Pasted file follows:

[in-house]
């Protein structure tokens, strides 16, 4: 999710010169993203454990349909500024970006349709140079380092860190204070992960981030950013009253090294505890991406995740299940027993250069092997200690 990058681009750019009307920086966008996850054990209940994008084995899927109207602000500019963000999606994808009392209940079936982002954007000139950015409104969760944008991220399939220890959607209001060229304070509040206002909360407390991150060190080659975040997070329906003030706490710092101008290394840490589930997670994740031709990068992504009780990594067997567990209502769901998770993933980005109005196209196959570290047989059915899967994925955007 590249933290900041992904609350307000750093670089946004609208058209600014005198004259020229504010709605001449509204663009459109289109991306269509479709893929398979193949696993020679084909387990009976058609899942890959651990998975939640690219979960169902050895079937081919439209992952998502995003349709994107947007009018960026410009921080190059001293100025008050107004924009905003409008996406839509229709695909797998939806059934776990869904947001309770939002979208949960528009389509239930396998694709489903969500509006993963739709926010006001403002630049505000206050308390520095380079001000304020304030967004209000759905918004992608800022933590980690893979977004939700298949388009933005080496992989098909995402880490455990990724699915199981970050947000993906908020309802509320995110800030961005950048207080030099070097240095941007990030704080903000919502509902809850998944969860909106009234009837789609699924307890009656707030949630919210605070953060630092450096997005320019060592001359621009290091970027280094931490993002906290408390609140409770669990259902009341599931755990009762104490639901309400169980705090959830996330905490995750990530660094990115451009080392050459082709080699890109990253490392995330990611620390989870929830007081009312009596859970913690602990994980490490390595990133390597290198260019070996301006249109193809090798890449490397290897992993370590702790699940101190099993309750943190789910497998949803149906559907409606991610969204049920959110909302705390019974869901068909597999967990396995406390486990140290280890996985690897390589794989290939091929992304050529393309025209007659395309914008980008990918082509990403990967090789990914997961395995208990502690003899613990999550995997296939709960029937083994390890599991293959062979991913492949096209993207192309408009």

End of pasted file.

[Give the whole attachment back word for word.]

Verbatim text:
[in-house]
């Protein structure tokens, strides 16, 4: 999710010169993203454990349909500024970006349709140079380092860190204070992960981030950013009253090294505890991406995740299940027993250069092997200690 990058681009750019009307920086966008996850054990209940994008084995899927109207602000500019963000999606994808009392209940079936982002954007000139950015409104969760944008991220399939220890959607209001060229304070509040206002909360407390991150060190080659975040997070329906003030706490710092101008290394840490589930997670994740031709990068992504009780990594067997567990209502769901998770993933980005109005196209196959570290047989059915899967994925955007 590249933290900041992904609350307000750093670089946004609208058209600014005198004259020229504010709605001449509204663009459109289109991306269509479709893929398979193949696993020679084909387990009976058609899942890959651990998975939640690219979960169902050895079937081919439209992952998502995003349709994107947007009018960026410009921080190059001293100025008050107004924009905003409008996406839509229709695909797998939806059934776990869904947001309770939002979208949960528009389509239930396998694709489903969500509006993963739709926010006001403002630049505000206050308390520095380079001000304020304030967004209000759905918004992608800022933590980690893979977004939700298949388009933005080496992989098909995402880490455990990724699915199981970050947000993906908020309802509320995110800030961005950048207080030099070097240095941007990030704080903000919502509902809850998944969860909106009234009837789609699924307890009656707030949630919210605070953060630092450096997005320019060592001359621009290091970027280094931490993002906290408390609140409770669990259902009341599931755990009762104490639901309400169980705090959830996330905490995750990530660094990115451009080392050459082709080699890109990253490392995330990611620390989870929830007081009312009596859970913690602990994980490490390595990133390597290198260019070996301006249109193809090798890449490397290897992993370590702790699940101190099993309750943190789910497998949803149906559907409606991610969204049920959110909302705390019974869901068909597999967990396995406390486990140290280890996985690897390589794989290939091929992304050529393309025209007659395309914008980008990918082509990403990967090789990914997961395995208990502690003899613990999550995997296939709960029937083994390890599991293959062979991913492949096209993207192309408009």